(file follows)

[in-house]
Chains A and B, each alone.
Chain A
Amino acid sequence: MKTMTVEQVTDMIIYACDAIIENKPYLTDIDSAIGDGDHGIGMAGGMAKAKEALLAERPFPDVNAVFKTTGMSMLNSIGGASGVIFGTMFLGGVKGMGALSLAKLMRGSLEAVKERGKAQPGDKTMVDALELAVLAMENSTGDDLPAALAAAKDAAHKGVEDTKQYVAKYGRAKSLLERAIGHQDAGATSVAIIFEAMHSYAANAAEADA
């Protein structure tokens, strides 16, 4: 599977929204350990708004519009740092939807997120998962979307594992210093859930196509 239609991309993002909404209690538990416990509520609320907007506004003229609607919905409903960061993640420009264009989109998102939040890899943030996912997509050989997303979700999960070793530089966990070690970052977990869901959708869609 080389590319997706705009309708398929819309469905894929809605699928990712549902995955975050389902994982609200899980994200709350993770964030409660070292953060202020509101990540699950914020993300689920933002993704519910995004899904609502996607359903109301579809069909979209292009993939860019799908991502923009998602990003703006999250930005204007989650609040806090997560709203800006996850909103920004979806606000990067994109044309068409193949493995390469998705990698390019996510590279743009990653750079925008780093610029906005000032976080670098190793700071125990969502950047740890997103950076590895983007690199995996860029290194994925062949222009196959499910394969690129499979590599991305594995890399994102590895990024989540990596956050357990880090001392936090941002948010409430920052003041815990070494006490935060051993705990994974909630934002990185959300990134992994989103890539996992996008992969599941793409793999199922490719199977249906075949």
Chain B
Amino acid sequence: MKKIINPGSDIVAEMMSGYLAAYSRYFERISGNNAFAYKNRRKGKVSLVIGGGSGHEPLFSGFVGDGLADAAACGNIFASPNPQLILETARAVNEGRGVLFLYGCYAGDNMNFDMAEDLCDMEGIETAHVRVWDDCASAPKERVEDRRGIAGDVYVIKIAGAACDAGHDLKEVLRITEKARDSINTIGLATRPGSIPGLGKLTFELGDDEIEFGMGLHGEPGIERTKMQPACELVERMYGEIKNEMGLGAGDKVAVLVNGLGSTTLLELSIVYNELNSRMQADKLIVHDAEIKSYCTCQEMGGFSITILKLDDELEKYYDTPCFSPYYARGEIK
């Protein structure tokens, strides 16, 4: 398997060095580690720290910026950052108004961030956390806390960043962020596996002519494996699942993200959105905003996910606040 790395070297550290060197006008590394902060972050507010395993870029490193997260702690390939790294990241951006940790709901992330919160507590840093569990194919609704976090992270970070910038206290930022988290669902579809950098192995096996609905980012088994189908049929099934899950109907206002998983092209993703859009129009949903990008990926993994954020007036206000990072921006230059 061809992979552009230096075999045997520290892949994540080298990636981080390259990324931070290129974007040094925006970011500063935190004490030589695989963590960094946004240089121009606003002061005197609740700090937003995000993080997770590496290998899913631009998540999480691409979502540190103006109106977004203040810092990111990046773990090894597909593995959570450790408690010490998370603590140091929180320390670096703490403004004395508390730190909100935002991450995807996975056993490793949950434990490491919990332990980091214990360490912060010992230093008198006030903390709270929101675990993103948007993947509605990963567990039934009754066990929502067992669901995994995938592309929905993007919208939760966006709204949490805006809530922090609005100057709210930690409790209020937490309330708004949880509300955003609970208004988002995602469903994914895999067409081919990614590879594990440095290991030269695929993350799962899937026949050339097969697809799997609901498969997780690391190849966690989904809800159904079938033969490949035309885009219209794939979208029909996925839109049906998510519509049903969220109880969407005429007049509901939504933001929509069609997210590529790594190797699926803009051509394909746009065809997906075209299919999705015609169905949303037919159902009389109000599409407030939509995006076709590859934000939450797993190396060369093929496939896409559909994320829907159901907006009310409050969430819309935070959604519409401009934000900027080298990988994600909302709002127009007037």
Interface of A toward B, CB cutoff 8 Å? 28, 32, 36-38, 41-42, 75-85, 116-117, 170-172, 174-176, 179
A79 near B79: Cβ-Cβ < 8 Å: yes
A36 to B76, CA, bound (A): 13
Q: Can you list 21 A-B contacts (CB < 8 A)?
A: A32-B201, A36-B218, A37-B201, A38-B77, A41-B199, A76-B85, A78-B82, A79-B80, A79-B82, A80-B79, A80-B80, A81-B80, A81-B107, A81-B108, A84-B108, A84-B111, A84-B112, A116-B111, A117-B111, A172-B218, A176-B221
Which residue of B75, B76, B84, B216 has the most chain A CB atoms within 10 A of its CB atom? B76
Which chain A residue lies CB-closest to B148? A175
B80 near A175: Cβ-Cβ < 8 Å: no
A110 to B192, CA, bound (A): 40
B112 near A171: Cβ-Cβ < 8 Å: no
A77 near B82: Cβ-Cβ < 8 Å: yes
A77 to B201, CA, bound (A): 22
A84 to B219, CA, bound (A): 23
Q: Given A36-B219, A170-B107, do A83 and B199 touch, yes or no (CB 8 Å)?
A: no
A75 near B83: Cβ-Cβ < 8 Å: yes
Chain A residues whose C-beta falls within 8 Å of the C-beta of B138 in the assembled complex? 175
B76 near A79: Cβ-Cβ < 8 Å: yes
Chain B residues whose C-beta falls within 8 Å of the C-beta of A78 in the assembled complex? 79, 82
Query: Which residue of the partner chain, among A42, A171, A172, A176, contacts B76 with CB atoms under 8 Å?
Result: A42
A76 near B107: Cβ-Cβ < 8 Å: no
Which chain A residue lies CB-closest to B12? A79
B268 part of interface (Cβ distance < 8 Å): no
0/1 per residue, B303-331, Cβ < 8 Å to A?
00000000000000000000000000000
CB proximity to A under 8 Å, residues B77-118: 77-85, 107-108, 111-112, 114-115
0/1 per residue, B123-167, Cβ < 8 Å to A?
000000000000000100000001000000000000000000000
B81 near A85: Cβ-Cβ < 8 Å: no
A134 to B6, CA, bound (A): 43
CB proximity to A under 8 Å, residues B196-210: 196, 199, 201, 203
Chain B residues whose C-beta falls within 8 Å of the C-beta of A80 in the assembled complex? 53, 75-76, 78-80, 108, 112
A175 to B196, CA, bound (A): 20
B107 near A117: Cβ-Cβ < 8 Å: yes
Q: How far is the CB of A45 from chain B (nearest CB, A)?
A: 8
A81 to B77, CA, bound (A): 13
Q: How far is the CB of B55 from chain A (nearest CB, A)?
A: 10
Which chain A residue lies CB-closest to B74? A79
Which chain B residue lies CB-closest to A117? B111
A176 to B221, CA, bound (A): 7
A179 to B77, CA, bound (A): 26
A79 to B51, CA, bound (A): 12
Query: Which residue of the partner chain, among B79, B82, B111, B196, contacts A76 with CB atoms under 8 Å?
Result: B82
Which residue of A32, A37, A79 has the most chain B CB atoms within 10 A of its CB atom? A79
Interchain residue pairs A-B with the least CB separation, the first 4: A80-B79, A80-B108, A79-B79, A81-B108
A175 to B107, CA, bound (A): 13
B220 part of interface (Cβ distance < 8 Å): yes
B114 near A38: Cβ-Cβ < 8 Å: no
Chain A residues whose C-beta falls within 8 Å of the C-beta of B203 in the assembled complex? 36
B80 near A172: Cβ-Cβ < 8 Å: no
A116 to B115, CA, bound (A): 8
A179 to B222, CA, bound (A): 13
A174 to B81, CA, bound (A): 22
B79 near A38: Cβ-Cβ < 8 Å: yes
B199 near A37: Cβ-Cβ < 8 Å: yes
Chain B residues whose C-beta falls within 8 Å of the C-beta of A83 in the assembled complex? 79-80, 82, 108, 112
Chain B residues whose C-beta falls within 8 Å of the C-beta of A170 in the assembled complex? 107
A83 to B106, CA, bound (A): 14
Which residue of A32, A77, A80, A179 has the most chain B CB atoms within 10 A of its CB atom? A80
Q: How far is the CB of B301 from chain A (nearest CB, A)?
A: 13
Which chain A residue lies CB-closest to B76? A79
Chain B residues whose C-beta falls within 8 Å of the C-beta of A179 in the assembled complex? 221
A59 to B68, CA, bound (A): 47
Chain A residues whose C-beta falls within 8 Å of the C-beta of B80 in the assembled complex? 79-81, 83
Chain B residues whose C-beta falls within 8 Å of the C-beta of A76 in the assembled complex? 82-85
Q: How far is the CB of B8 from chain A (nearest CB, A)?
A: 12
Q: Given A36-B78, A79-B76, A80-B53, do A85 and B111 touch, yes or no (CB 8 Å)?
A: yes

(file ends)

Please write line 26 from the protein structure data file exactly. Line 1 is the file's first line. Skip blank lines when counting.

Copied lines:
B76 near A79: Cβ-Cβ < 8 Å: yes